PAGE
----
Frequently Asked Questions
I am not sure if my child has a speech and/or language problem, what should I do?
There are general milestones that children reach at each developmental stage. Although there is a wide range of what skills are ‘normal’ for each stage, a general guideline of communication skills for what we expect for a young child is available here. You should consider an intial consultation with the Speech-Language Pathologist if you have any questions or concerns.
At what age should I refer my child to a SLP?
You can refer a child at any age. There are established criteria for what is expected in communication growth from infancy. The clinic sees a lot of toddlers which is a great age to consult about a child as a baseline measure of that child is established and then that child can be monitored over time to determine the growth of speech and language skills.
What will happen at the initial consultation?
A Registered Speech-Language Pathologist (RSLP) will meet with the child and parent(s). A screening of speech, language and communication skills will be conducted through informal assessment and formal assessment when appropriate. A discussion of the areas of strength and weakness will occur. A consultation report may be given to you at this session highlighting areas of strength, concern and recommendations. If a significant concern is identified at the initial consultation, then assessment sessions will be recommended so that comprehensive testing can be undertaken.
Is home therapy available?
Yes, home therapy is available. A fee is available on request: rate varies depending on travel time required.
Coverage for costs of therapy?
Most extended health benefits cover a portion of therapy; amounts of therapy covered are specific to each plan and each family is encouraged to determine what their coverage would be. Some families MAY be eligible for funding through the government or through private organizations. The government programs we typically work with include: Autism Funding Unit (AFU) and At Home Program, School-Aged Extended Therapies. Some private organizations that families access include: CKNW, Variety, and President’s Choice.
How often will you see my child if therapy is required?
The frequency of therapy will be determined by the SLP in conjunction with the family. Therapy is dependent on the need of the child, the request of the family, and availability. The amounts of therapy at the clinic vary: some children attend weekly, some twice a week and a few come three times per week. Other children attend every second week.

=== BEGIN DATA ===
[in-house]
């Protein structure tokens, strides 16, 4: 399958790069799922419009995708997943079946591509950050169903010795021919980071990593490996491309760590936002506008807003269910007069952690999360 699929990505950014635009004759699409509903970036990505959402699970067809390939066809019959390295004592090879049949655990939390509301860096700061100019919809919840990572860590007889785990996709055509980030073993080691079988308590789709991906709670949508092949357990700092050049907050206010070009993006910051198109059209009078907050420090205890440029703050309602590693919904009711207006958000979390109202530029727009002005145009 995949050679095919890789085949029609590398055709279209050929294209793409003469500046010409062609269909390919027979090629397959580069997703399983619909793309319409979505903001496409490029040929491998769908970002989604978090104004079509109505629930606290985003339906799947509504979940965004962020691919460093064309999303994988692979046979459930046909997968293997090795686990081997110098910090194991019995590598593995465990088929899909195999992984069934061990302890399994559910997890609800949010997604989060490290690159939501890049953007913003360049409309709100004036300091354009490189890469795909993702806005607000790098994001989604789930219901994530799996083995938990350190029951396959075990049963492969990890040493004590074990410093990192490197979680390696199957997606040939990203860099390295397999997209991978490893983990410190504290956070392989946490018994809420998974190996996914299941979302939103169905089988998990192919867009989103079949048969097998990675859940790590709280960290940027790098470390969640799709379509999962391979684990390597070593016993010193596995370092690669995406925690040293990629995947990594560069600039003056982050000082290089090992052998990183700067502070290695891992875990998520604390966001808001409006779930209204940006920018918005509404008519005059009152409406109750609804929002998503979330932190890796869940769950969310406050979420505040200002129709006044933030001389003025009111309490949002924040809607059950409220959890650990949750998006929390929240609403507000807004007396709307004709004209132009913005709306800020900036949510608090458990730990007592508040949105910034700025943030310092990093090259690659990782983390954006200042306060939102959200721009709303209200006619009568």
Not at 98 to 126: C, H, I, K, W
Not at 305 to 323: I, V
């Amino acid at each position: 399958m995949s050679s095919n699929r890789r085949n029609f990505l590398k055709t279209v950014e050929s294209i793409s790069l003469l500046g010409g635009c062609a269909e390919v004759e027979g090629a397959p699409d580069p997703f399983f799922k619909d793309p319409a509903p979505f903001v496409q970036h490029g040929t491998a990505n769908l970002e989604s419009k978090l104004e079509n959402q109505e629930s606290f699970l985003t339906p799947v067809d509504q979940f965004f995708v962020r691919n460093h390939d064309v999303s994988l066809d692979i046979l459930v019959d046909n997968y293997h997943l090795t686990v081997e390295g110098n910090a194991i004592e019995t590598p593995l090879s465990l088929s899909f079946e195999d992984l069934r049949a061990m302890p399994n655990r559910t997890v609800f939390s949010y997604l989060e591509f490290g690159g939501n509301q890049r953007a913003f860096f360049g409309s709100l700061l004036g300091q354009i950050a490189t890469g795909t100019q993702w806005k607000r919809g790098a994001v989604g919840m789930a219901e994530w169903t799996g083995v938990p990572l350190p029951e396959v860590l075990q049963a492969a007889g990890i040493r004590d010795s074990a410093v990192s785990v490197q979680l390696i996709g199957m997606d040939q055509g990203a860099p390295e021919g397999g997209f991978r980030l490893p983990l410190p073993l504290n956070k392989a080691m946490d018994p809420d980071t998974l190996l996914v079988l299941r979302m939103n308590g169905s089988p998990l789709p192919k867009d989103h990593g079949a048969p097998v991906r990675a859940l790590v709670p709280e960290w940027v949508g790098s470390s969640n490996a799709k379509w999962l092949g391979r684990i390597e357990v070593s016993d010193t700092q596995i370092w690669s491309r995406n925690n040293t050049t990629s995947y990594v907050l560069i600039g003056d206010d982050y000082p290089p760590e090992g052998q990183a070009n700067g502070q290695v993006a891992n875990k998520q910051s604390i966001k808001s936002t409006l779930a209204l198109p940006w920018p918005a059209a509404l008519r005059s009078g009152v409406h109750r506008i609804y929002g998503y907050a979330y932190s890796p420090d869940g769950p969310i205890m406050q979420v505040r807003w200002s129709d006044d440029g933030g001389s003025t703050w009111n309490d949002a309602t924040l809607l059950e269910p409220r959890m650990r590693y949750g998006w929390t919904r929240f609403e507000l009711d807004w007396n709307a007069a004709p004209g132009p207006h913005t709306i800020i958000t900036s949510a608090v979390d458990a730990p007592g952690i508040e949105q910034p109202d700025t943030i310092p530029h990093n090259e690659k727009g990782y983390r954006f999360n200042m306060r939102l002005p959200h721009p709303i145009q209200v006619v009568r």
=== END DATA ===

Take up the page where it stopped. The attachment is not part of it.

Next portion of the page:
Does the parent participate in sessions?
We encourage parents to be present during the initial consultation when the screening takes place of speech and language skills. During regular therapy, we welcome parents to be an active participant in all sessions to the degree that they are comfortable. Some parents will participate in the latter portion of therapy sessions so that they are fully aware of the targets taught during the session and what the expectation is for homework. Our general philosophy is that parents are always welcome to join in or observe any session.
My 15-Month Old Child Isn't Saying Any Words, Should I Worry?
I recently wrote about my daughter not speaking at 15 months old in my “Mom at Home” Column. Today I received an email from a reader who provided me with some very valuable information about when a child should speak – what the norm is and what you can expect. She is a Registered Speech-Language Pathologist located in White Rock.
It is so hard to know what is normal and what is abnormal when you try to compare your child’s development with another child or sibling. (I did this with my son as he was an early talker – and found it quite distressing that my daughter wasn’t saying anything). With the Pathologist’s permission, I have attached her information, in hopes that it will help other moms out there determine if there is a problem with their child’s speech development.
What parents need to know is that there certainly are some markers that we look for in speech and language development, for example, first words typically are spoken at 12 mos. A vocabulary ‘spurt’ is expected at 18 mos where children rapidly learn new words, in fact, they can be learning a new word per day or more!
At 2 years, we expect to see the beginning of word combinations which is two words in a tiny sentence like ‘eat cookie’ ‘go bye-bye’. Having said this, there is also a very wide range of what is still within the realm of normal development as not all kids follow this ‘textbook’ scenario of development (in fact none of my three did and they are all excellent oral communicators at 5,7 and 8 years).
What we as specialists in communication try to determine is if a child is within the wide expectations of these developmental norms, and along with it, we need to determine if the child’s comprehension of oral language is on target as often it is a very good predictor of when a child will begin to talk.
I thought your article was timely given that May is ‘Speech and Hearing Month’ and if parents have concerns about their child’s speech and/or language development they should contact a Registered Speech-Language Pathologist. This can either be through the public sector (although waiting lists are months long) or through the private sector (the Association holds a roster at www.bcaslpa.bc.ca)
Petulla M. Dedish